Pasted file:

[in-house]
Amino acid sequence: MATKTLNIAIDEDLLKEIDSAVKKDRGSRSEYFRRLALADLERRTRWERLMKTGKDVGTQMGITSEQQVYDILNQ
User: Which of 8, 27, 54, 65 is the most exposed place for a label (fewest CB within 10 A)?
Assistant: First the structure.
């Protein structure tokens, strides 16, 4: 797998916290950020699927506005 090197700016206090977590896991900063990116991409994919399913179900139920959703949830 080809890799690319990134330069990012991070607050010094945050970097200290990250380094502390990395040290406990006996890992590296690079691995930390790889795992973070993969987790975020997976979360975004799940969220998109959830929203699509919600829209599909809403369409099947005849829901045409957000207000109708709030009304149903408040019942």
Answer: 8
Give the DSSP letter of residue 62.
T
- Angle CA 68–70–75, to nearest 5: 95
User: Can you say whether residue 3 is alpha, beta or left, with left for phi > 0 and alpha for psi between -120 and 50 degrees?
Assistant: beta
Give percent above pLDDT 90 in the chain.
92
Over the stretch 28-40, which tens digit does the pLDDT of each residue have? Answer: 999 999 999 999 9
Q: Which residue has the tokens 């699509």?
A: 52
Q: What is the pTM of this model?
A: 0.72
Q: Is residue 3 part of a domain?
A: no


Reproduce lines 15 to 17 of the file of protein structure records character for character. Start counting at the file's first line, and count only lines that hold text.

Q: Which residue has the tokens 């699509």?
A: 52
Q: What is the pTM of this model?